Yes, I got a bit emotional at the third OpenStreetMap conference, held in the CCC, Amsterdam last weekend — mainly because this globe we are on is the only one we know — we really are mapping our universe, doing it our way. Creating the world we want to live in. I thought it worth while to say “Thanks” to some people. Being British, the feeling of being a bit foolish stopped me from being too effusive!
A couple weeks ago I had the pleasure of attending, and the privilege of speaking at, the State of the Map conference in Amsterdam. I told the story of how we came to use Open Street Maps (OSM), how it works on the backend and talked a little bit about what we’d like to do next: Moving beyond “bags of tiles”, a better way to keep up to date with changes to the OSM database and, for good measure, a little bit of tree-hugging at the end.
Most of all, though, I wanted to take the opportunity to thank the OSM community. To thank them for making Flickr, the thing that we care about and work on all day, better. To thank them for proving the nay-sayers wrong.
To say that OSM started with an audacious plan (to map the entire world by “hand” one neighbourhood and one person at a time) would be an understatement. You would have been forgiven, at the time, for laughing.
And yet, in a few short years they are well on their way having nurtured both a community of users and an infrastructure of tools that makes it hard to ever imagine a world without Open Street Maps. In the U.K. alone, as Muki Haklay demonstrated, they have produced a free and open dataset whose coverage and fidelity rivals those created by the Ordinance Survey with its government funding and 250-year head start.
That is really exciting both because of the opportunities that such a rich and comprehensive dataset provide but also because it proves what is possible. The Internets are still a pretty great place that way.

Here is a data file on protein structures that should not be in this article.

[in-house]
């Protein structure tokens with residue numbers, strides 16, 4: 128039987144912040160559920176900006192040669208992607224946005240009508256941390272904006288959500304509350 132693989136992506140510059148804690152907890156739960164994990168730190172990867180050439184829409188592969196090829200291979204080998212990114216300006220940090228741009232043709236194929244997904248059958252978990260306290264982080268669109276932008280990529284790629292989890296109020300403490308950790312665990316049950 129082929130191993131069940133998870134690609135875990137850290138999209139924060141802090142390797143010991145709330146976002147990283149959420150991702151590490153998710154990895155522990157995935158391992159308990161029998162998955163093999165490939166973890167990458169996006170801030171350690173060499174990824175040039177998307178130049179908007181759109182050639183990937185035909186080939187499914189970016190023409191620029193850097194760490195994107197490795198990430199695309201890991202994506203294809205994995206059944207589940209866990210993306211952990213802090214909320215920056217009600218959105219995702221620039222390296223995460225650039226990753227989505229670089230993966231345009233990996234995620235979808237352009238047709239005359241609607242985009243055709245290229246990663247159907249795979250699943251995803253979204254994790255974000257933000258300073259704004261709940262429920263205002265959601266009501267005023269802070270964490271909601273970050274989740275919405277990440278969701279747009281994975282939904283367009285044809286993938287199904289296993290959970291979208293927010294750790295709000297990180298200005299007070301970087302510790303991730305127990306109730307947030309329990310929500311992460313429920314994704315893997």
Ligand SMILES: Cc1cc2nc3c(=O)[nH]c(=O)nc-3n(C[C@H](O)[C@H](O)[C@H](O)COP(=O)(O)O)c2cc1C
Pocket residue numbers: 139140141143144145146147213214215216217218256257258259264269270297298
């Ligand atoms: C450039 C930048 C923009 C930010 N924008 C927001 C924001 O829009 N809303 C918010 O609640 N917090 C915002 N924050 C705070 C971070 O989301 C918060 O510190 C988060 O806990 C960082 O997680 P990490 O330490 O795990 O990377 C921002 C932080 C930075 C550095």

There were too many excellent talks to list them all, but here’s a short (ish) list that betrays some of my interests and biases:
Harry Wood’s talk on tagging in OSM. I actually missed this talk and after seeing the slides I am doubly disappointed. Open Street Map is not just the raw geographic data that people collect but also all the metadata that is used to describe it. OSM uses a simple tagging system for recording “map features” and Harry’s talk on managing the chaos, navigating the disputes and juggling the possibilities looked like it was really interesting.
(The title of this post is, in fact, a gentle poke at the black sheep of the OSM tagging world. There really are map features tagged “horse=yes” which is mostly hilarious until you remember how much has been accomplished with a framework that allows for tags like that.)
The Sunday afternoon maps-and-history love-fest that included Frankie Roberto’s “Mapping History on Open Street Map“, Tim Water’s “Open Historical Maps” and the Dutch Nationaal Archief’s presenting “MapIt 1418“, a project to allow users to add suggested locations for their photos in the Flickr Commons!
Tim’s been doing work for The New York Public Library, another Flickr Commons member, and MapWarper (the code that powers the NYPL’s historical map rectifier) is an open source project and available on GitHub.
Mikel was also instrumental in creating a scholarship program to pay the travel and lodging expenses for 15 members from the OSM community, from all over the world, to attend the conference. Because he’s kind of awesome, that way.
But that’s just me. I’d encourage you to spend some time poking around all the other presentations that are available online:
Despite the “bag of tiles” approach for using OSM on Flickr getting a bit old it still works so as of right here, right now:
In Chile, we’ve added OSM tiles for Santiago (if there was a State of Chile presentation I missed it and haven’t found any slides online so instead I’ll just link to this lovely localized version of OSM for Chilean users).
If it sometimes seems like we’re doing all of this in a bit of an ad hoc fashion that’s because we (mostly) are. How and when and where are all details we need to work out going forward but, in the meantime, we have map tiles where there were none before so it can’t be all bad.
Finally, because the actual decision to attend the conference was so last minute I did not get the memo to all presenters to include a funny picture of SteveC (one of the original founders of Open Street Maps) in their slides.
To make up for that omission, I leave you now with the one-and-only Steve Coast.